Last week, I attended the European Women in Tech conference in Amsterdam. It's been a while since I went to an event like this and it was great to be back learning and networking.
I attended dozens of sessions and wanted to spend some time reflecting on them.
The best way for me to reflect is by writing. Writing is my way of thinking and learning and I'm getting back to it more and more as well.
So, here are my top learnings from the European Women in Tech conference.
My 4 Learnings from European Women in Tech
#1 It's a war on talent out there
Talent and skills came up in almost every session. It's by far the biggest challenge in the workplace.
Where it stood out the most was in Karen de Lathouder's talk (CEO of bp Netherlands). Karen explained that it was easier to find talent a few years ago because people wanted to work for energy companies. They don't want to anymore because these companies have a bad image. Bp and the likes need to change their story especially because oil and gas companies need the right talent to help them make the environmental change they aim for from within. The issue lies in the fact that the role of energy companies in the circular economy is not understood by society - they are part of the problem in terms of pollution but they are also part of the solution.
Prospective employees have become empowered to own their careers and have stronger decision-making power than before. They have choice. Years ago, you got a job and you stuck with it for long because there were not that many opportunities and job security was the primary driver. Today, it's growth, meaningful work and freedom that drive workers. Employees are the ones who hold the power, not employers.
#2 Ecosystems, not platforms and tools
We need to stop talking about platforms and tools and start talking about ecosystems.
This stood out to me during a session about digital transformation from Heineken run by Maja Schreiner and Gabriela Cadenas (both leaders in digital and technology).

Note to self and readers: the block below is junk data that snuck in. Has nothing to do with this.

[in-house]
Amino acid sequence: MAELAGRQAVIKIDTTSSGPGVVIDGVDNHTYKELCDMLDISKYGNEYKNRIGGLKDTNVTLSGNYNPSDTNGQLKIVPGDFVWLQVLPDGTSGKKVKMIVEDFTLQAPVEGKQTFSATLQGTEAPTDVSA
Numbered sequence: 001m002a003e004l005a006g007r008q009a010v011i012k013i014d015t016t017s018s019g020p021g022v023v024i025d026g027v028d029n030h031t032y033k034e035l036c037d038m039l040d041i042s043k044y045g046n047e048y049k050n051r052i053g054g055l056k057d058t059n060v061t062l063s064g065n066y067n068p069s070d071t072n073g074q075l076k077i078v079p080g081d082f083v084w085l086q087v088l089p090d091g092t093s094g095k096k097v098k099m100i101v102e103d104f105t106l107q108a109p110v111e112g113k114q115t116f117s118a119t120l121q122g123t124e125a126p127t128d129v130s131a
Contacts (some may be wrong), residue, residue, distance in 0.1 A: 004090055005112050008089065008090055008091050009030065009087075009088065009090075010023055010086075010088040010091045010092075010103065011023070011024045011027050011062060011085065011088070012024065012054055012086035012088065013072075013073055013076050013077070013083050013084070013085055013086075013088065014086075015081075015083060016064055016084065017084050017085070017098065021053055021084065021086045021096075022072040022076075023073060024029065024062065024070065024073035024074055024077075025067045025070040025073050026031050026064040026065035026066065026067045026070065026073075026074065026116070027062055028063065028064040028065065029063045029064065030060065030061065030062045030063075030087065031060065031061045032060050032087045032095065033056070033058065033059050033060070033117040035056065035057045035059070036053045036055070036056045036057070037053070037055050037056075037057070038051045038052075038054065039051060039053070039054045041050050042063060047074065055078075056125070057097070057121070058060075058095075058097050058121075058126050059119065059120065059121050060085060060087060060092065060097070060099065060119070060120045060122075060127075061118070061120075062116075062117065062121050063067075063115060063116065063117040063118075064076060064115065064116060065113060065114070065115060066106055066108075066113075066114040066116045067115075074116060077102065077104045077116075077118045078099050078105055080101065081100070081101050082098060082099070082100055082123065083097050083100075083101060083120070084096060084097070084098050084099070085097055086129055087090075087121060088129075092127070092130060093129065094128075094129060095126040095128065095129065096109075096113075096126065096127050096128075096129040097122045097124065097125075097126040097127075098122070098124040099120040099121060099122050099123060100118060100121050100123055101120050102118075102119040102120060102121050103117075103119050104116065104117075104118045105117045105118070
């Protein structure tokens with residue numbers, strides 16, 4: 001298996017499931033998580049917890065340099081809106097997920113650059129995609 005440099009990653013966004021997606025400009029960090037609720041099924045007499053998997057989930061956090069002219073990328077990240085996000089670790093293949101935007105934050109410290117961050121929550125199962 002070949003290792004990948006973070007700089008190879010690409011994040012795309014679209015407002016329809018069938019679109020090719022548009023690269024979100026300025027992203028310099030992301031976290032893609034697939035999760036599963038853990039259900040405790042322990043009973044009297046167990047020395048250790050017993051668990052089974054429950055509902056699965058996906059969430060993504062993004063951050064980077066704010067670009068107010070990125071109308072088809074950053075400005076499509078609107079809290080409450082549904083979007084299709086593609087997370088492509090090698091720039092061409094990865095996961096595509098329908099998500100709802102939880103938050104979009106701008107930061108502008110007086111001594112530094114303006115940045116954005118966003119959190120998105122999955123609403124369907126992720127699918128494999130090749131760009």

Maja and Gabriela explained that they need to go for more radical solutions to drive productivity internally because their dream as Heineken is to become the best-connected brewer - not an easy job, that's for sure.
Heineken aims to do this by digitally transforming the front end (via a digital route to consumer and data-driven insights and foresights) whilst modernizing and simplifying the back end (via simplification and automation, secure digital backbone and a digitally enabled organisation).
I hear this a lot from companies - they are all on the same journey of simplifaction through tools and platforms, but where they all struggle is the siloed system they end up building through multiple tools and platforms that don't speak to each other. This is when focusing on building an ecosystem rather than acquiring tools can be a game changer for businesses.
#3 Gen AI is what social media was 10 years ago
Gen AI is all the noise out there, but no one really knows what to do with it and how to use it yet. It was exactly the same when I started my career in PR and social media. Social media was all the buzz and no one really knew how to leverage it for business. There were discussions about the proper use, content creation, which channels, new jobs, data and privacy, ethics etc. - exactly the same conversation as with Gen AI now.
Ultimately, we ought to be curious and explore the possibilities of Gen AI that can be endless. No matter how powerful Gen AI can be, it can never replace the human brain. This article by Brian Solis is a great explanation of that.
#4 Approach your career as a product
There were a lot of valuable sessions about career and leadership for women - no surprise I guess given that the conference targets females, but I found a lot of good advice in them. It's often things we know but don't put into practice.
Here's what I took:
- Define your MVP and trust it's good enough, don't wait for perfection
- Think big and don't compromise
- Know where you're going but saviour the journey and experiences along the way
- Don't wait for change, make it happen
- Your seat at the table is yours to take
- Take your place but don't puff up (thank you Marieke Mulder, Head of Sustainability at ASML)
- Find two mentors according to Fatima Fares (CIO, Chemicals & Products at Shell) - one to be vulnerable with and help you on an ongoing basis, one to be your strategic sponsor (2 levels above) to learn from and open doors for you but don't show your flaws to them.
- There's only one person that has the right answer and that person is you (thank you Maite Zaubaurre CPO at bol.com)
I was amazed at how much we can learn from each other as long as we open up and listen.